Why Rachel Dolezal Is A Big Deal
People wonder why we’re still talking about her and why so many Black people consider this a big deal?
Here’s why: Rachel never had to experience the normalized trauma of being Black and having to code switch/pass for White for SURVIVAL. Being Black in this country largely comes with having to do as much as you can to pass for White if you want to succeed ANYWHERE. Rachel is still accessing a privilege that Black people can never get unless they have the right visible genetics.
In many respects, Blackness is commodified in this country as something you can buy and mimic. The hair styles. The rapping. The swag. The clothes. The slang. The dances. Rachel could put a little bronzer on, do those above things, and pass for Black.
But no matter what hue you are in the Blackness spectrum, if you are raised in a Black household you have to learn certain things from birth, a psychological splitting of your identity that’s normalized, just for you to be taken seriously at your job or, at the least, hope to escape being killed. In case you forgot, being seen as a non-threatening “good boy” could help you not get lynched at one point in this country…
Rachel never experienced being told to talk properly, then asked by Black kids “Why do you talk White?”. The conflation of Whiteness as being “proper” and “having manners”.
She never had to experience the hair pulling (pun intended) process of having her hair texture and hair styles analyzed so that she wouldn’t be teased at school, by kids of ANY color.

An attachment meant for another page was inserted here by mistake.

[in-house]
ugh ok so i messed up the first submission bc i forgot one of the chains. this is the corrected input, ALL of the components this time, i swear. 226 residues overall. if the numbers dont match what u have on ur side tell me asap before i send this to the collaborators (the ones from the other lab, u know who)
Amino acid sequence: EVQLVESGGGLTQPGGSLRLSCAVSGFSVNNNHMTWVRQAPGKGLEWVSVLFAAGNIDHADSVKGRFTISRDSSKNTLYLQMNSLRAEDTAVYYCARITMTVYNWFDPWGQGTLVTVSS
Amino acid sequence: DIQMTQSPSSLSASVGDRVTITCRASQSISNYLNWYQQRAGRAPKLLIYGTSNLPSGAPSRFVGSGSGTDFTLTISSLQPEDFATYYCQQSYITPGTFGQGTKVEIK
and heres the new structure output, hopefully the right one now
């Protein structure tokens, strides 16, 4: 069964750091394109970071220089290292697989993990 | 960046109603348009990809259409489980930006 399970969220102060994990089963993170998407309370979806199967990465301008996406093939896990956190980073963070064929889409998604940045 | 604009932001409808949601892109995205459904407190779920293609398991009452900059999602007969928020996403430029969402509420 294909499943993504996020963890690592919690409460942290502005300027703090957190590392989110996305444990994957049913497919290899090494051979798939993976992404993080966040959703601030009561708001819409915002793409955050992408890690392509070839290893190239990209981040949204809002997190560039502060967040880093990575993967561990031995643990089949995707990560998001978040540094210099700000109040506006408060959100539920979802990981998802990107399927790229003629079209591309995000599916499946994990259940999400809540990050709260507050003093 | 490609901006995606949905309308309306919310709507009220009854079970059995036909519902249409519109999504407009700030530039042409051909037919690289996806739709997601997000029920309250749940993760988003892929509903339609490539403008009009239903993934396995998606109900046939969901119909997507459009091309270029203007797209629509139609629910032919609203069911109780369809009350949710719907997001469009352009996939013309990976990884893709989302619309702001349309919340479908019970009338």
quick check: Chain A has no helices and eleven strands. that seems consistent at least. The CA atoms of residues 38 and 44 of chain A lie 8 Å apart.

She didn’t experience the distrusting gaze of many light skinned girls of the complexion she tried to put on, where darker skinned girls saw her as a threat to their beauty or envious because all the other boys noticed them more.
She didn’t have to struggle with how to gain the trust of those above girls, because she was Black and wanted to have someone to talk to about the racist/sexist shit she experienced.
If Rachel had two biracial parents and was “passing” for White, Black people would largely understand. We know what’s it like to deal with the things we go through, and it’s easier to survive gaining that White privilege. Instead, she tried to turn being Black into a state of mind and figured she could walk right into it, as long as no one saw her parents and she tanned her skin, and none of her Black friends/family ratted her out.
She clearly has a mental health issue. And even that, for many White people, is a privilege. Mental health is rarely ever a defense/excuse for Black people in their households or in the justice system.
And since the NAACP says she did such a bang-up job professionally, she can get a therapist and emerge a few years later when this blows over with a still great resume, and it’s like nothing ever happened.
I have mercy for her mental health, but I don’t feel sorry for her. Her psychological issues don’t trump the ones of the real Black people I know.
Yohance is a trained diversity specialist, a teacher of various subjects at a private school, and a DJ in Los Angeles, CA